George Orwell’s predictions in 1984 came several decades too early, but they hit the mark. In a heartbeat, Orwell’s dystopic digital authoritarianism might have translated into reality, to the point that nowadays we no longer cast a curious look at the tracking apps on our phones or the video surveillance cameras in shops or buses. This is particularly true for China, where social surveillance has deeper philosophical roots than in Western societies.
Hydrogen is enjoying an unprecedented momentum on policy makers’ and industries’ agendas. The international community is also demonstrating a solid commitment to tackle climate change, putting in place various solutions to achieve an energy strategy that aims for climate neutrality. In this context the European Union leads the way.
The world is currently experiencing a period of dramatic innovation in its energy systems. How energy is supplied and consumed shows significant potential to be disrupted in the coming decades. Indeed, it is essential that such disruption does occur for the world to fulfill the commitment of the Paris Accord and achieve the UN Sustainable Development Goals.
This report published by ISPI and the Brookings Institution analyzes the challenges to international order posed by the ongoing race for technological superiority. From artificial intelligence and quantum computing to hypersonic weapons and new forms of cyber and electronic warfare, advances in technology have threatened to make the international security environment more unpredictable and volatile – yet the international community remains unprepared to assess and manage that risk.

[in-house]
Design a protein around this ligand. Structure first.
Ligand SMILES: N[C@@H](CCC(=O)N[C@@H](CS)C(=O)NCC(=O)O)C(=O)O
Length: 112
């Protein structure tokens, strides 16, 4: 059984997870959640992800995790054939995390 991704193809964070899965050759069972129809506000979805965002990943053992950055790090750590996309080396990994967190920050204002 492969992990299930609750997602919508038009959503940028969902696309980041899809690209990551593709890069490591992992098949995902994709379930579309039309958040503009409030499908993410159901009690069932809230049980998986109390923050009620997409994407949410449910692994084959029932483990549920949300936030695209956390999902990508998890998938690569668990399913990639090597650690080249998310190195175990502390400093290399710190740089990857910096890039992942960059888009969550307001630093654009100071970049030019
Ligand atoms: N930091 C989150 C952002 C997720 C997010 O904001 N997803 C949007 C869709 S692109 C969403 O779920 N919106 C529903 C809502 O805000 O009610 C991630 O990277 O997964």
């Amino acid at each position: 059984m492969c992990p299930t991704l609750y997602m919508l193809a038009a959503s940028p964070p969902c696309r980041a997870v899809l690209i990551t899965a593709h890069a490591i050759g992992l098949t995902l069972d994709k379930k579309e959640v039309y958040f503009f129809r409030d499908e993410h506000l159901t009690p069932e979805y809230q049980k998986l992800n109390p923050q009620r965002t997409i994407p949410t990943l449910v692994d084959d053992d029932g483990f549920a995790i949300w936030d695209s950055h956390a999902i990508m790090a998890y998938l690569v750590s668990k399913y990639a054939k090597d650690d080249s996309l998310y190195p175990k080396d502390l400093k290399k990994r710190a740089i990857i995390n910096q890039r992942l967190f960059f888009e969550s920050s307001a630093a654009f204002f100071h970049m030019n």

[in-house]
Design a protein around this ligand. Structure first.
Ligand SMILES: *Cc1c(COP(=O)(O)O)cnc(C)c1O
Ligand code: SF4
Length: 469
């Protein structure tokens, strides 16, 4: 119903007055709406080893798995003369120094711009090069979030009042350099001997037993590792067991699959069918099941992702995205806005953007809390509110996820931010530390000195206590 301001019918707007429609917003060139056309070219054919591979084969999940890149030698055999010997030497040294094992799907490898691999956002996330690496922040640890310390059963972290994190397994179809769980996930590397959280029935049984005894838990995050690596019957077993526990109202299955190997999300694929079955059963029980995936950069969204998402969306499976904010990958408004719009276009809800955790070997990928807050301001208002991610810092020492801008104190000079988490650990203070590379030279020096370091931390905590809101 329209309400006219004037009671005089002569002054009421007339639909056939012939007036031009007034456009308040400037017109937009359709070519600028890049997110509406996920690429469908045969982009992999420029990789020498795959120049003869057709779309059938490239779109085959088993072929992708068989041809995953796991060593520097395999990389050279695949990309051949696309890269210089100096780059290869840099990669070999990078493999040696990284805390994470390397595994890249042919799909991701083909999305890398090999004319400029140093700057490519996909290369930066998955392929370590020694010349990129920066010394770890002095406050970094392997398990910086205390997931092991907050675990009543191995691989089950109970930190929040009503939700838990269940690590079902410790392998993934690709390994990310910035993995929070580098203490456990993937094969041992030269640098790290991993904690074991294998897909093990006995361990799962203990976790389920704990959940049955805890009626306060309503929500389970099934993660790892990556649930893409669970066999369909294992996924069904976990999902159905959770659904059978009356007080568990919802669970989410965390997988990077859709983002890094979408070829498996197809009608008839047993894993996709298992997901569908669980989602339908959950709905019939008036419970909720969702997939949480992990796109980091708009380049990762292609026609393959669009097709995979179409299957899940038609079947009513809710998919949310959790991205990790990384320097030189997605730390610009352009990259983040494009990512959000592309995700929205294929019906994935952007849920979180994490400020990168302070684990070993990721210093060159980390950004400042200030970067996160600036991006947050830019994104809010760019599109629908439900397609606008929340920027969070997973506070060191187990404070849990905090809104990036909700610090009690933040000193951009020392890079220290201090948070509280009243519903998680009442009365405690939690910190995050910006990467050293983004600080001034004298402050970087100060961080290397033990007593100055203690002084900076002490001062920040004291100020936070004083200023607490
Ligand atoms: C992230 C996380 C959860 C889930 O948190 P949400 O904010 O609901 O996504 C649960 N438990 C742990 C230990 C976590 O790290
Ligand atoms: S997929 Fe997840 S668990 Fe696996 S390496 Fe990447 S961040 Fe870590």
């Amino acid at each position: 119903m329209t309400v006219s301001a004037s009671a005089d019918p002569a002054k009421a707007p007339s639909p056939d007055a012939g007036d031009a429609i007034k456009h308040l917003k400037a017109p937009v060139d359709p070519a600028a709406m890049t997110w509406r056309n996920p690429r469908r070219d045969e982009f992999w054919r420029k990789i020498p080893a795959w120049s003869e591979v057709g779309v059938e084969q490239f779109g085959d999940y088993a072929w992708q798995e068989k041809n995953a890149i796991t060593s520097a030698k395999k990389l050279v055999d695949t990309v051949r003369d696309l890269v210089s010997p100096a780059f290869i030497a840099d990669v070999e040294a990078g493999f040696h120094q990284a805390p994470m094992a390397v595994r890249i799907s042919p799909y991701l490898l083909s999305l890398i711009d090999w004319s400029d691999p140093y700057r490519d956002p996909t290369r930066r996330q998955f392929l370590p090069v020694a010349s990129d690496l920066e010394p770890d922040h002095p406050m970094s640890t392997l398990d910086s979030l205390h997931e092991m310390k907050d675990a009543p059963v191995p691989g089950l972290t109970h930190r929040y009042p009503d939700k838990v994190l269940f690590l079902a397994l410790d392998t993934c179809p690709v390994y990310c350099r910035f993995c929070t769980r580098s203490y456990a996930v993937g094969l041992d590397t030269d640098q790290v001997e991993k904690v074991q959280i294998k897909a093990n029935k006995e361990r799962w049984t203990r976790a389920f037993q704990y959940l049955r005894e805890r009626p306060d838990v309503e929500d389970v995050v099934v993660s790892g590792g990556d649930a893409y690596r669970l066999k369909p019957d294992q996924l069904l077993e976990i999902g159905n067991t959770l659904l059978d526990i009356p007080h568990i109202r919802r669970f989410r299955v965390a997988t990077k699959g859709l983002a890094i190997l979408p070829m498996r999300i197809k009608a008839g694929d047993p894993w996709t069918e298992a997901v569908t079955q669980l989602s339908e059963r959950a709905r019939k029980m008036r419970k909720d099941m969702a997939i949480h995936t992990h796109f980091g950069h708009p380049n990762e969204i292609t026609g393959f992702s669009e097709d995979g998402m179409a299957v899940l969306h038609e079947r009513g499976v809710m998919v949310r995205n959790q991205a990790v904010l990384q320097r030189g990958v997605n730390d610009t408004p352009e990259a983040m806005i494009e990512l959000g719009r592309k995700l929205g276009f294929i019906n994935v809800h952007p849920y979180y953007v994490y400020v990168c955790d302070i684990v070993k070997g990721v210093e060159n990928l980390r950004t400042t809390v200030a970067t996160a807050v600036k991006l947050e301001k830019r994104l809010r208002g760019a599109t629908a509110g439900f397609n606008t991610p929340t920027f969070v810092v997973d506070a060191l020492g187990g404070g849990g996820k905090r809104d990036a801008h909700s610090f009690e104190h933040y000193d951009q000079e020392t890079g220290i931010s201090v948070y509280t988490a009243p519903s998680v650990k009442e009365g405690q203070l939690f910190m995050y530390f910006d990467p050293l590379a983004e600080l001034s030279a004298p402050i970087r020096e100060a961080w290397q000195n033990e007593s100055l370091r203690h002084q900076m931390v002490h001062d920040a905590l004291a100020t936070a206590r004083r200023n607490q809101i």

The internet offers tremendous opportunities for violent extremists across the ideological spectrum and at a global level. In addition to propaganda, digital technologies have transformed the dynamics of radical mobilisation, recruitment and participation. Even though the jihadist threat has seemingly declined in the West, the danger exists of the internet being an environment where radical messages can survive and even prosper.
The G20 has the potential and responsibility to lead the world in developing more sustainable economic systems and life styles. Today’s patterns of consumption and waste generation are unsustainable. They contribute to social inequalities and the environmental degradation that is polluting our oceans, heating up the planet, threatening species survival, and contributing to the spread of disease.
After turning 10 in the Southern Cone and celebrating anniversary in Buenos Aires, G20 started its second decade of life in Osaka. The G20 was born to deal with the economic crisis and succeeded in the challenge. It was successful in handling the global financial crisis of 2008–2009 and containing its aftershocks. However, despite the importance of today’s global challenges, the world does not seem to perceive them with the same sense of urgency.